Communicating with International Students Before they Arrive
Before students arrive in the UK, they'll be eager to find out as much information as they can about what their new life is going to be like.
Like domestic students, international students will be looking for information about their course, accommodation and information about their new city.
But where do international students go to get this information? How much of it is from their university? And how does this affect their expectation of life in the UK?
Answering these questions is vital to make sure that international students get all the pre-arrival information they need and have the best possible start to life in the UK.
Despite the majority of pre-arrival communication being delivered through emails and hosted on university websites, our research shows that social media is the preferred method international students use to find out information about life in the UK, with 67% of students using social media and only 40% using official communication from their university.
And by looking at the information available on social media platforms, it’s easy to see why.
A number of students we spoke to explained how information is usually delivered to them through long emails that can be difficult to read and too overwhelming to take information in. This is especially the case when, for a lot of these students, English is their second language.
However, with social content students get a look at both visual and written information that’s a lot easier to take in and usually in a student's preferred language, helping these students to gain a better, more well-rounded idea of what their new life will be like
Most universities already have a presence on different social media platforms however the majority of the content is aimed at a domestic audience and is more promotional than informational.
Think about what presence your department has on social media. How can you use this outlet to deliver useful information that will help prepare international students and / or signpost them to more detailed information online.
Or seek to supplement some of the more promotional content delivered on a university's main Instagram or Facebook account with informational content that explains the kind of support on offer to international students. Remember, this can't just be a one off post, it has to be regular content in line with an international student's journey, knowing when they'll be wanting to find out this information.
For a lot of international students, there’s a great deal of uncertainty surrounding studying in the UK. Some students might not have visited their university or the UK altogether, whilst even those who have spent some time in the country will be less familiar with what everyday life is like here compared to their domestic counterparts.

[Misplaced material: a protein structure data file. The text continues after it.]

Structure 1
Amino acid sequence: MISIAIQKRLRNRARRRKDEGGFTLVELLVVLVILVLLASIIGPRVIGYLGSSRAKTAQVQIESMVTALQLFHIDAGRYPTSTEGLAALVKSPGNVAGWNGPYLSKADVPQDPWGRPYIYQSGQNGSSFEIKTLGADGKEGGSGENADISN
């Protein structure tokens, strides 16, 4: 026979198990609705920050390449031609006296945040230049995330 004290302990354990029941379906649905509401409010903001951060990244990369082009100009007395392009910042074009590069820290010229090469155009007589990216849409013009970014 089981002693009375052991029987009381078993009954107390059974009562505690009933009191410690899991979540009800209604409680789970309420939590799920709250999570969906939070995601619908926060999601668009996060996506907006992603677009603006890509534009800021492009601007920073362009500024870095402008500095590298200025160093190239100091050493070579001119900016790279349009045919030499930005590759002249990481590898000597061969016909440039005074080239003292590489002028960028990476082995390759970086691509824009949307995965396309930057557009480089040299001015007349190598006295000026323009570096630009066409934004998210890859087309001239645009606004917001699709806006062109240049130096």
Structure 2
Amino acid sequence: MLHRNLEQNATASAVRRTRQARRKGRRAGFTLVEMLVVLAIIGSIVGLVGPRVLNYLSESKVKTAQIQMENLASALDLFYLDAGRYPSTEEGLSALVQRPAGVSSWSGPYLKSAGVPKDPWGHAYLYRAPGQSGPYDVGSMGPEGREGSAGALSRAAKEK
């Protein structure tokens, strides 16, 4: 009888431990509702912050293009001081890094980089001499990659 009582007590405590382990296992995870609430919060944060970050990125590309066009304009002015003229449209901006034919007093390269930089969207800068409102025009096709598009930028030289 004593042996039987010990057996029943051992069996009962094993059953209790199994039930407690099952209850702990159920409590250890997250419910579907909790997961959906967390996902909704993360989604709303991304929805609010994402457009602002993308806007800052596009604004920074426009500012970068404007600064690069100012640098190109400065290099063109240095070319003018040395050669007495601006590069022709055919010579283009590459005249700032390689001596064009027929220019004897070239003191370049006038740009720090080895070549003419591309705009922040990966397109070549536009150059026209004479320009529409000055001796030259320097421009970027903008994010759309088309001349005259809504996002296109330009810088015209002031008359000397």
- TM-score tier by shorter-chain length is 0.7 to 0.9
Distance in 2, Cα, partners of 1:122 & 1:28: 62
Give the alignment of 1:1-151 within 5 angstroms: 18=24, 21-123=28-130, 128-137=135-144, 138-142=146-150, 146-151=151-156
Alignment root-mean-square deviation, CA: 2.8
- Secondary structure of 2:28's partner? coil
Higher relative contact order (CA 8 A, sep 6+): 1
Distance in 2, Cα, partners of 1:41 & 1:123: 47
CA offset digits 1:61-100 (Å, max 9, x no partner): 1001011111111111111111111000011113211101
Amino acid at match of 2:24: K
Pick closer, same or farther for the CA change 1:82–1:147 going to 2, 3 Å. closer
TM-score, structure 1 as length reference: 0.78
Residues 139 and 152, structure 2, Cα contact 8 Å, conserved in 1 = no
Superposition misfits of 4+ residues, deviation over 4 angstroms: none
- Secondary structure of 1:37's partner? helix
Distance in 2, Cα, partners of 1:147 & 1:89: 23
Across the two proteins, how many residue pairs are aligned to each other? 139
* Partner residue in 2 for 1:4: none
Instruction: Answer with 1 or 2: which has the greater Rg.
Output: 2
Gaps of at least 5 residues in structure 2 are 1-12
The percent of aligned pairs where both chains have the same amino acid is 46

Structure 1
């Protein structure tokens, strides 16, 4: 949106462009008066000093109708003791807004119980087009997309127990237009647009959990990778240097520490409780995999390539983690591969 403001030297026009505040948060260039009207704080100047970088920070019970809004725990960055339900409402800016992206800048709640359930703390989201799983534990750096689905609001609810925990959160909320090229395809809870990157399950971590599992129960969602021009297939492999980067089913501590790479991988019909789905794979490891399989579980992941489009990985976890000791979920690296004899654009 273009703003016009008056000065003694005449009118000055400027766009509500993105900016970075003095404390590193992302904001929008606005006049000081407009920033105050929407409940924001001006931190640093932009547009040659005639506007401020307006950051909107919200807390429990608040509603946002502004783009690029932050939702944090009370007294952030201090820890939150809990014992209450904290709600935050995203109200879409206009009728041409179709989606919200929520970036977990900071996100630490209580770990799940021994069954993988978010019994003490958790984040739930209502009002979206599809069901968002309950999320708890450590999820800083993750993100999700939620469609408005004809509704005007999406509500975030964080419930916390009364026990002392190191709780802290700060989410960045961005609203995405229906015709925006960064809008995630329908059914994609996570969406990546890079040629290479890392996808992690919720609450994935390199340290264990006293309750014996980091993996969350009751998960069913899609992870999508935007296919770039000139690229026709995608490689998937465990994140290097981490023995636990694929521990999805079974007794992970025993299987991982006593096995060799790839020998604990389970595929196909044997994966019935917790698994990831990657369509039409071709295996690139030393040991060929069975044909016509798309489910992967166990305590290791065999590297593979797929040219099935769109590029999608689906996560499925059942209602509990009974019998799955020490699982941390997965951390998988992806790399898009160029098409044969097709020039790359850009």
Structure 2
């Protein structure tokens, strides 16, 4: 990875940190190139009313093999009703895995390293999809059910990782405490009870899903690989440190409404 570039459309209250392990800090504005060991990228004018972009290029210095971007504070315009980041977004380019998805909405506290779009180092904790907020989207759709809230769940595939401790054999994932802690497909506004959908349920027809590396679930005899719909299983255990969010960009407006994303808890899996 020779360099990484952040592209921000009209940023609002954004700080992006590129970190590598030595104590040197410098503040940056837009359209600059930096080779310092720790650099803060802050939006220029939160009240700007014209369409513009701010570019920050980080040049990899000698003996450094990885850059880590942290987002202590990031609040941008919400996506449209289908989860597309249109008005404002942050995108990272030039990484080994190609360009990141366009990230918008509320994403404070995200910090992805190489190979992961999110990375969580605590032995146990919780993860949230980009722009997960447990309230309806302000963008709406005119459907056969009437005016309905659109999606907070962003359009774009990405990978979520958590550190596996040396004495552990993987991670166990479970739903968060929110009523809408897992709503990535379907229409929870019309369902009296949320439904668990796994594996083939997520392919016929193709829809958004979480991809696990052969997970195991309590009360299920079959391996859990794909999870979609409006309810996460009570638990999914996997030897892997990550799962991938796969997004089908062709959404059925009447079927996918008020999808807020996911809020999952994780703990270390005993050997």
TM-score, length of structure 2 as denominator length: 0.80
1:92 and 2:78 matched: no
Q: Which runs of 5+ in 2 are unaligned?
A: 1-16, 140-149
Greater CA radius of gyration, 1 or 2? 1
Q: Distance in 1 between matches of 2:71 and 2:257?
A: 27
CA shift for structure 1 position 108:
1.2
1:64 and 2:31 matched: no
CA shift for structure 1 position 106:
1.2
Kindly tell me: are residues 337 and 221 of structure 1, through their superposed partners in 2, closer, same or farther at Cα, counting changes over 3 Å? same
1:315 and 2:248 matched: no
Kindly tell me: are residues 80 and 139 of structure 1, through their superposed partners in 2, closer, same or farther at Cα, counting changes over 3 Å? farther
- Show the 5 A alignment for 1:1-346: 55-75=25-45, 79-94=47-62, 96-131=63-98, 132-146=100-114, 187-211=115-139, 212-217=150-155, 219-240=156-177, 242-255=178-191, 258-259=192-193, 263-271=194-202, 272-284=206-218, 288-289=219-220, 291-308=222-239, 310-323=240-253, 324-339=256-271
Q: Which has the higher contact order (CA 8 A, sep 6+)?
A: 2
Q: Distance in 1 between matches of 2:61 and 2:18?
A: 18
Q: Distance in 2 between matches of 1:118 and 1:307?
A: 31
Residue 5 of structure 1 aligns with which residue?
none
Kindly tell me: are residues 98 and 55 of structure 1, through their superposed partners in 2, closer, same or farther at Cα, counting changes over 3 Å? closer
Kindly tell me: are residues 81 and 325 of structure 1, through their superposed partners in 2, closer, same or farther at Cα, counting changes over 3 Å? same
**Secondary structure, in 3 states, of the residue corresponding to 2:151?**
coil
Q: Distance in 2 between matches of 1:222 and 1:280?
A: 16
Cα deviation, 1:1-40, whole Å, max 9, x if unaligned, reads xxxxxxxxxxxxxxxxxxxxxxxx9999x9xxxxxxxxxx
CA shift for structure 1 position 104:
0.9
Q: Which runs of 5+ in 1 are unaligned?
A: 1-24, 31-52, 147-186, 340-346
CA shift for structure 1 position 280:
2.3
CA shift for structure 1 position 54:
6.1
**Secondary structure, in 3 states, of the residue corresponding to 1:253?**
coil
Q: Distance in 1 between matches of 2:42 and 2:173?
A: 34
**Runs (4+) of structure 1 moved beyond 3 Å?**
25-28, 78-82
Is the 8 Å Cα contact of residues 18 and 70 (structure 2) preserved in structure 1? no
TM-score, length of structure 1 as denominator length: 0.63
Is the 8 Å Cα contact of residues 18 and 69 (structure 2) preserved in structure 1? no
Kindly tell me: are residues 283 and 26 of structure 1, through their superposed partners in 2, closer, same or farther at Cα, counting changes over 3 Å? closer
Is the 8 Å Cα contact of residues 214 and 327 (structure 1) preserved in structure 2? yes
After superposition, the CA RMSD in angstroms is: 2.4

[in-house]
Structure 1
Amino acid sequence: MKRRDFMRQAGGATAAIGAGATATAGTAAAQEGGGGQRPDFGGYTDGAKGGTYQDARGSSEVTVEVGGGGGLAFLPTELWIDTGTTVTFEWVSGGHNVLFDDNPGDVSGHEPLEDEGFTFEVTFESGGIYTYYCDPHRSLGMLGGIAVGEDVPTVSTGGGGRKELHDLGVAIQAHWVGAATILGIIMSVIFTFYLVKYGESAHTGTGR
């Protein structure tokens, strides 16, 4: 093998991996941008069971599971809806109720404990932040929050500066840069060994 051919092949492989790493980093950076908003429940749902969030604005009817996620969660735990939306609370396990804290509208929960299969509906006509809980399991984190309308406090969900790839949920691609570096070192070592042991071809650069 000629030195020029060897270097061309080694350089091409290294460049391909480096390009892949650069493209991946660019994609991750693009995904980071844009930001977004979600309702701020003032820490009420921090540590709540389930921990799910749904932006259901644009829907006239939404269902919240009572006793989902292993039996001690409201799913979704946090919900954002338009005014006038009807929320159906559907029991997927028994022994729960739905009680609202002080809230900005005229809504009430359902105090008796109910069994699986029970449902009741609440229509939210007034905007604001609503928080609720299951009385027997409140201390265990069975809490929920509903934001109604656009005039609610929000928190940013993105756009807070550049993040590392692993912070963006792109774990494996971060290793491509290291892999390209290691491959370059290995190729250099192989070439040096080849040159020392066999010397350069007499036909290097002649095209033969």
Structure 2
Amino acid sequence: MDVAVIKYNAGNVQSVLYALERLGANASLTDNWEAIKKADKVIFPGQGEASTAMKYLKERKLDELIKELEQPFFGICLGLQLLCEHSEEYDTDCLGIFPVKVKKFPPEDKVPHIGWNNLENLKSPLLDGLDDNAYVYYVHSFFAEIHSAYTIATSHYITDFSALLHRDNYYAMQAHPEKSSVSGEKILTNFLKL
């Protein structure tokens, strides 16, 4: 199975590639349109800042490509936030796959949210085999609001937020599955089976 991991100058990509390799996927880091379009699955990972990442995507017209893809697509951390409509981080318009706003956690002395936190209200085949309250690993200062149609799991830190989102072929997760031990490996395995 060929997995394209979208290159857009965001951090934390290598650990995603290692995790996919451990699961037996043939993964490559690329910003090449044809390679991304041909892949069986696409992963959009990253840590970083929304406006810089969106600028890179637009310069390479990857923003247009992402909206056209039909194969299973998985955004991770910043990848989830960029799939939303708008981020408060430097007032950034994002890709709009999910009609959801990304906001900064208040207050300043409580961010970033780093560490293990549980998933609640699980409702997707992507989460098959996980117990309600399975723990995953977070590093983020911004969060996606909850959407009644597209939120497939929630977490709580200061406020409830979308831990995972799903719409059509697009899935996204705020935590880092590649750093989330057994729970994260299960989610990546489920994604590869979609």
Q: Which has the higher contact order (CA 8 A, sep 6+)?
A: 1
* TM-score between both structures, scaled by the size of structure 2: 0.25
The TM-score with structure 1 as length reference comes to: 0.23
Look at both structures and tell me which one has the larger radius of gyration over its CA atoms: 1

International students also prefer to receive information and advice from other international students - those who have been there, done that. This type of content helps to answer questions with believable, experience-led advice and according to the students we spoke to, is generally more authentic.
Think about how you can work with current international students to share their experiences and advice for adapting to life in the UK and how they can promote your support services for you. Students who have used these kinds of services and are happy to talk openly about them will be able to create engaging, informative content that will help generations of future intake.
With this in mind, it's also important to remember the different demographics of international students and consider the platforms available to some but not others. In particular, there are a number of different platforms that aren't available in China and students from this country are more likely to be familiar with sites like Weibo and WeChat.
China is a bit of an anomaly when it comes to social media usage, however, it's also the biggest demographic of international students, so care and attention should be given to how to reach this particular group of students.
Leeds University Union has launched their own WeChat account and regularly use this site to load content curated specifically for international students. Click here to find out more about LUU's WeChat account.
Another point to remember is that email is used far less frequently than in other countries, so it's worth setting the expectation for Chinese students that email will be a big part of a university's ongoing communication.
Pre-arrival information sets the tone for the rest of a students' time at university, so it's important that this information comes from the university itself. The best way to ensure this is by delivering the right content on the right platforms, as this will be a lot easier for international students to consume.
- Read Next
- UoN Case Study: Working with other Staff Groups UoN Case Study: Supporting the transition into university life UoN: Understanding the International Student Experience Leeds University Union UoN Case Study: Working with Student Services UoN Case Study: The International Student Welcome Kit UoN Case Study: Our HealthyU Ambassadors UoN Case Study: Mental Health Awareness Training UoN Case Study: Wellbeing Map LUU: Advice for International Students
- Wellbeing Issue in Detail: Making Friends UoN Case Study: Working with Student Services Signposting Pre-arrival Mental Wellbeing Support UoN Case Study: The International Student Welcome Kit UoN: Familiarising Students with Health Services UoN Case Study: Wellbeing Map Barriers to International Students Accessing Health Services UoN: Understanding the International Student Experience LUU: Advice for International Students UoN Case Study: Mental Health Awareness Training